This day was one of those strange days where there were large thunderstorms occurring already when I got up. As soon as I got up, I saw what the set up was like and I got my chase team together and quickly left. The storms were along and north of Highway 20 in Northern Iowa and were moving east. We decided to go north and catch them as they went along the highway. One of the supercells became a right mover and started moving toward the southeast. Once we learned this, we started making our way back south toward highway 30. There had been tornado warnings out on this storm now for about one hour. No major tornadoes were spotted even though it had strong shear and a hook echo on radar. As we were coming close to it, the warning below was issued.
I didn't understand why just a severe T-storm warning was issued with this history of this storm. On the radar, it looked like there should have been a large tornado associated with the storm. We approached this storm with caution. As we drove west on Highway 30, all of a sudden the mesocyclone popped up out of nowhere. Since the skies consisted of mostly stratus clouds, it was not possible to see the mesocyclone until we were almost upon it.
Since we were driving toward it, and it was moving toward us, we decided to move south to keep from getting hit with the 4" hail that it had been reported as producing. We dropped south out of State Center toward Rhodes. As we were doing so, the following warning was issued.
Now that we were on the southeast corner of the storm, we got a good look at it. This picture really does not do the storm justice.
This while section of the storm was rotating. The rotation was quicker than what is normally seen in Iowa. It reminded me more of a storm in Nebraska or Kansas. Because the storm was moving east now, the road grid allowed us to run parallel to the storm. It dropped a few brief tornadoes as seen in the video capture below.
That rain shaft on the left part of the screen was rotating and slowly moved from left to right. It was only there for about 30 seconds. As we moved through the city of Rhodes, there were people out in their yards looking at the storm. There were even kids riding out of town on their mopeds trying to get a look at it. It was a good thing this storm didn't produce a tornado, otherwise someone would have probably been killed.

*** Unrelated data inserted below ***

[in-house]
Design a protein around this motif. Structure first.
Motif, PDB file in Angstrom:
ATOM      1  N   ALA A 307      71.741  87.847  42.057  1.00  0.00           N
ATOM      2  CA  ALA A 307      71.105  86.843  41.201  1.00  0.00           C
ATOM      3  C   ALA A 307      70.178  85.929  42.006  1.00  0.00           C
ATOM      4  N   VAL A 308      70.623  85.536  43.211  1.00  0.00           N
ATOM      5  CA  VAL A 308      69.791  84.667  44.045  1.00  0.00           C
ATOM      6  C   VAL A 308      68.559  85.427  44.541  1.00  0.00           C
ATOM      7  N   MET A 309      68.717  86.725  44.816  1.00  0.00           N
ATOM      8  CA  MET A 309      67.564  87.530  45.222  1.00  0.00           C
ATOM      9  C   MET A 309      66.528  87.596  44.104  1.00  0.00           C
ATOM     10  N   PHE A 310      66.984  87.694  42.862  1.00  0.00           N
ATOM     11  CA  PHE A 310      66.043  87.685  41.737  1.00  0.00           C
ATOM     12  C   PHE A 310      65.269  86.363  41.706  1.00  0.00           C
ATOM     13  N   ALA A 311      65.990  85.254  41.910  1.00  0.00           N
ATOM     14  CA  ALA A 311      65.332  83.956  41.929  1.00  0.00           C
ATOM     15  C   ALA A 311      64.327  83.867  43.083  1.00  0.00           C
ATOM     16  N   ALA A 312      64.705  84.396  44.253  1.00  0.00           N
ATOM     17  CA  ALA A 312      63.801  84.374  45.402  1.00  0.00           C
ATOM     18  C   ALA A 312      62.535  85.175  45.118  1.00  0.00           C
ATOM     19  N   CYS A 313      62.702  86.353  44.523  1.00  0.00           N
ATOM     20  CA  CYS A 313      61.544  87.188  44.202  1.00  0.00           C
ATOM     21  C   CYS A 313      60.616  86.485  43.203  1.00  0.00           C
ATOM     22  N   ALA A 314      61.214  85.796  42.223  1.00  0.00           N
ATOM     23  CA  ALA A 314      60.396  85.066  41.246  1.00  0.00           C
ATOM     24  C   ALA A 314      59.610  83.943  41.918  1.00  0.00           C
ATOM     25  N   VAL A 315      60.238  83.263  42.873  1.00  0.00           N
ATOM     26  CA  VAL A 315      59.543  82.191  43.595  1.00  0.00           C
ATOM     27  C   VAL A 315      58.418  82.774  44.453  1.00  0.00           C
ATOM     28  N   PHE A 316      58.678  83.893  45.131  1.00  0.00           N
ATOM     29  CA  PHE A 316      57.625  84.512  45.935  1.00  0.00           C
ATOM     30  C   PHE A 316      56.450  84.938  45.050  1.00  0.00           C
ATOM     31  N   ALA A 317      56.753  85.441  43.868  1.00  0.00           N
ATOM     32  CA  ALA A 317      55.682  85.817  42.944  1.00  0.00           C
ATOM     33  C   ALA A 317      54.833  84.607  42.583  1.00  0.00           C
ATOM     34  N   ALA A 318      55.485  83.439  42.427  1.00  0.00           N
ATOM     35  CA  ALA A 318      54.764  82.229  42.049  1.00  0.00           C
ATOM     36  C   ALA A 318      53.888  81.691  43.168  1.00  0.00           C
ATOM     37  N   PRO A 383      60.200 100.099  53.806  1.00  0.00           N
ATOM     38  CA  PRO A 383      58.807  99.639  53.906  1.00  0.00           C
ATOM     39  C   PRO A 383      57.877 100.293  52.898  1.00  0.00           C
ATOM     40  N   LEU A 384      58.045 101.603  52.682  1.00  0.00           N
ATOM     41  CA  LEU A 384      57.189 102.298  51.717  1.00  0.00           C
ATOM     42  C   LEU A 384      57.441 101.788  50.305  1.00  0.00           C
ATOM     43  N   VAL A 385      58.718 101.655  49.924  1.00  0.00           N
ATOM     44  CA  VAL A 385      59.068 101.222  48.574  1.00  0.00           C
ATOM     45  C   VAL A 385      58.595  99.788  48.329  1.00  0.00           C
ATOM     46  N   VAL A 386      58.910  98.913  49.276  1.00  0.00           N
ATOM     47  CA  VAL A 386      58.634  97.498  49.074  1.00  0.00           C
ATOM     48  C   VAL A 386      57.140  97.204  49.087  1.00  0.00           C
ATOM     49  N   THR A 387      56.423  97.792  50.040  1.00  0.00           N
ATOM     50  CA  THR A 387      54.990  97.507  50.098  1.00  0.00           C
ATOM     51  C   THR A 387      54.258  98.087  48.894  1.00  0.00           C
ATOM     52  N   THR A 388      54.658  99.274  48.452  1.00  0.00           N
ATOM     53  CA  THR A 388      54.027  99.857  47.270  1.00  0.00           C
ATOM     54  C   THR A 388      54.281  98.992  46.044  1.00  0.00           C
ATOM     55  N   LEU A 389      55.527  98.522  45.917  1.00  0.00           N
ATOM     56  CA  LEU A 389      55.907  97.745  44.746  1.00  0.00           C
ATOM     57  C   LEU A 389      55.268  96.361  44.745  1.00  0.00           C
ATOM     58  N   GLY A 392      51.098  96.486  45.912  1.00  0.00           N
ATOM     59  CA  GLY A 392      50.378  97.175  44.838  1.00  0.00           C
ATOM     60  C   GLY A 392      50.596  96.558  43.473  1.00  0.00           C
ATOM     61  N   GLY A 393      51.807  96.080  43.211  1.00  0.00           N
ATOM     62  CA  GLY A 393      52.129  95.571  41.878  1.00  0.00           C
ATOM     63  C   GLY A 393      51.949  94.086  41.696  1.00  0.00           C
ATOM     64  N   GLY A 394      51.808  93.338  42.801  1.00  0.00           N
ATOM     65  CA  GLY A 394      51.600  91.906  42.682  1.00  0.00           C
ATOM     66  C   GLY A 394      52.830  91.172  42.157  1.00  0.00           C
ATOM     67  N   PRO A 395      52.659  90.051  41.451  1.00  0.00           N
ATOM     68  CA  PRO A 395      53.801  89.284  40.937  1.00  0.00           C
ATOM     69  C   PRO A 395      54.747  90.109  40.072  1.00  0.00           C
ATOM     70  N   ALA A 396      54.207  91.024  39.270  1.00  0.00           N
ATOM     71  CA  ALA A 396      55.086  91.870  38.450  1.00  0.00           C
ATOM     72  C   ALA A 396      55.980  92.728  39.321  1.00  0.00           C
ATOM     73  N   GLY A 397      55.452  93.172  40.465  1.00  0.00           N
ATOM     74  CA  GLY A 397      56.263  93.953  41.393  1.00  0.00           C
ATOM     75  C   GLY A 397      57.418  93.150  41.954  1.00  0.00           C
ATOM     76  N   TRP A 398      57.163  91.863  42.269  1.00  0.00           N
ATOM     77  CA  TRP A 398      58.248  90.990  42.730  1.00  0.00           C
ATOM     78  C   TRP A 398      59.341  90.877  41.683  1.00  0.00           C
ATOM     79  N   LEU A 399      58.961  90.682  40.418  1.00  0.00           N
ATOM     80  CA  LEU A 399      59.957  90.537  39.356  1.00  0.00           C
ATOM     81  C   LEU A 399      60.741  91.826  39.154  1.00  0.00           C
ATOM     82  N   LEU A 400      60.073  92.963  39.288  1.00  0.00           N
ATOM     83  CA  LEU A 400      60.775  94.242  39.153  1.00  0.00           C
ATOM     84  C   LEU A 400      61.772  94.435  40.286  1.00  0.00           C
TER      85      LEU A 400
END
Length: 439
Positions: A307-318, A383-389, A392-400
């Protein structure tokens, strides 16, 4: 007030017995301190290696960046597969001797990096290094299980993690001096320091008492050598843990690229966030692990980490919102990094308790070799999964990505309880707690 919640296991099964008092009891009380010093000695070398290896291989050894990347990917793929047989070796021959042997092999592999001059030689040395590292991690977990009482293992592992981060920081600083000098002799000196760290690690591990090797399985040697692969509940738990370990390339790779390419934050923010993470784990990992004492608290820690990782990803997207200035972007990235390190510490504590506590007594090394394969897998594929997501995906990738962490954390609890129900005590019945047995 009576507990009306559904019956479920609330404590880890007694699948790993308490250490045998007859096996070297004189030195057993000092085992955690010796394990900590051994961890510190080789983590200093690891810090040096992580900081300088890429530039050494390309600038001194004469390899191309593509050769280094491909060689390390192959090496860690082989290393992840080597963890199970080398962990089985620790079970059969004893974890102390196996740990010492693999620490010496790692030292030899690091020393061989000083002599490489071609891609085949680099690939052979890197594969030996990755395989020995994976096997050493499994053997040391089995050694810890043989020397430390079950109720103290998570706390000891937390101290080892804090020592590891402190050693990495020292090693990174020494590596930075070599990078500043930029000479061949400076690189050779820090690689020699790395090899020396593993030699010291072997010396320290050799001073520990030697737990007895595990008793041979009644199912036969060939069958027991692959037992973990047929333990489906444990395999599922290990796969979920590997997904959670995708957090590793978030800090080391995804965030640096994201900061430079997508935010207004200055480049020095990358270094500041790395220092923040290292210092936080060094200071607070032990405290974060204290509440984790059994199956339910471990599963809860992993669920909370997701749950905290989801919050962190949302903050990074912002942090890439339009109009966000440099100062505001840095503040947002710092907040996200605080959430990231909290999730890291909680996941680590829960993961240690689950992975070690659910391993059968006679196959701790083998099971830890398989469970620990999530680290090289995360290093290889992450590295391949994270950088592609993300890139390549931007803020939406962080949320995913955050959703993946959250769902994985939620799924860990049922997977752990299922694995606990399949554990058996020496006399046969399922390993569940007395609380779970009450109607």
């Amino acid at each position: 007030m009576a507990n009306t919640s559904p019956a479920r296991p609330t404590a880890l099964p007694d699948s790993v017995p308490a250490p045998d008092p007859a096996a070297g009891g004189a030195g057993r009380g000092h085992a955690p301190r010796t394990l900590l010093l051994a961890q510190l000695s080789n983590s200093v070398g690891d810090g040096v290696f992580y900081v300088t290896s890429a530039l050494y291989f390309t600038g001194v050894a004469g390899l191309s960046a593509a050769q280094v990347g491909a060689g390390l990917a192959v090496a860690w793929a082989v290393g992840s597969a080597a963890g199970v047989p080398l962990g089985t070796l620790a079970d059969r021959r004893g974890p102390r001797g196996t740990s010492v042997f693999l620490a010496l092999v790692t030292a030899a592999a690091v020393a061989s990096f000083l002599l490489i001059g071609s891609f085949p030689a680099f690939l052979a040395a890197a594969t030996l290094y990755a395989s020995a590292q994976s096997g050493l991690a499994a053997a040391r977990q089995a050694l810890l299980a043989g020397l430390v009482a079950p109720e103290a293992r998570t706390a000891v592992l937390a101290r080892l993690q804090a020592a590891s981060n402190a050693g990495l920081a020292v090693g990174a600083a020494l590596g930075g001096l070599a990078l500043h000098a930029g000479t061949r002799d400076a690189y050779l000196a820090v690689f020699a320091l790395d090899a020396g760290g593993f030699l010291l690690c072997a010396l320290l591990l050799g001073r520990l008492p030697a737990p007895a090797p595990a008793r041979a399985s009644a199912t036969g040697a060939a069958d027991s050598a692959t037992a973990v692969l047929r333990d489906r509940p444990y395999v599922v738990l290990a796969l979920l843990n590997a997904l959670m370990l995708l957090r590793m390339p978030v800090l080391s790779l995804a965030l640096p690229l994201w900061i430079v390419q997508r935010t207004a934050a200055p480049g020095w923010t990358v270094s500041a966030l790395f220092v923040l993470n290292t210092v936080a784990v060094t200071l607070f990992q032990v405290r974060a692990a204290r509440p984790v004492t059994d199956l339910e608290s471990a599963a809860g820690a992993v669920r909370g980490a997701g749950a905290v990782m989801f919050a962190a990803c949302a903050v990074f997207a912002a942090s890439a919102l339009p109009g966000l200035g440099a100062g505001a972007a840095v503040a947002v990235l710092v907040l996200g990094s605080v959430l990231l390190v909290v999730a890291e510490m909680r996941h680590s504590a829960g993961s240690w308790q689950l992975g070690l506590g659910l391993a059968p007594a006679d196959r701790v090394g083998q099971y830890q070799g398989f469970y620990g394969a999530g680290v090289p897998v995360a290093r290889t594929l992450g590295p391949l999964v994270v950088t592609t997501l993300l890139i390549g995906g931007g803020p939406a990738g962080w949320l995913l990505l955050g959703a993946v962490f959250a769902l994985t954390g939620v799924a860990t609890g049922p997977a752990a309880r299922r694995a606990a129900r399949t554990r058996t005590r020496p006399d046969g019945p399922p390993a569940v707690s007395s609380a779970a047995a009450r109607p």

We continued to move east following the storm. Because the storm was moving quite slow, the National Weather Service had to issue another tornado warning.
This supercell thunderstorm is what I would have termed a cyclic supercell. It kept strengthening and then weakening. Then once I thought it was dying, it would get another burst of energy, reorganize itself, and be back to full strength. Since it was so early in the day, I thought I had a storm to chase for the rest of the day.
Once again the storm looked like it was weakening. Just when I thought it had died, it got one final burst of energy. It created the wall cloud and tornado below.
This wall cloud just developed out of no where in a period of about two minutes. According to another chaser I know who was on the other side of the hill, that dip on the right of the wall cloud was a tornado. To see an animated gif of the wall cloud forming, click here or on the picture.
When it got this burst of energy, the National Weather Service issued a warning for the next county.
Then, just like in the movie "Twister," the storm died. Within five minutes after this wall cloud was recorded, the storm was gone from radar and sight. I looked up and saw blue skies overhead for the first time that day. All warnings were then canceled and the rest of the day in Iowa was calm. We had thought about heading back up to South Dakota for more storms later that day, but I thought that after seeing what we did, nothing would happen. I was wrong. Later that day is when the Spencer South Dakota tornado took place.
For more pictures and video captures of this storm, visit the Photo Gallery page.
DISCLAIMER: Remember storm chasing exposes
chasers to many hazardous and potentially deadly weather conditions such as
lightning, dangerous roads, damaging winds, hail, and flying debris which puts
the chaser's life at risk, particularly those who
have little or no experience and/or storm structure education. Learning to deal with these is best done by understanding supercells and thunderstorms, and riding with an experienced chaser before attempting to chase on their own. The author of these pages does not encourage storm chasing and is therefore not responsible for any actions as a result of what is seen here!
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Last updated 07/1/99 03:55 PM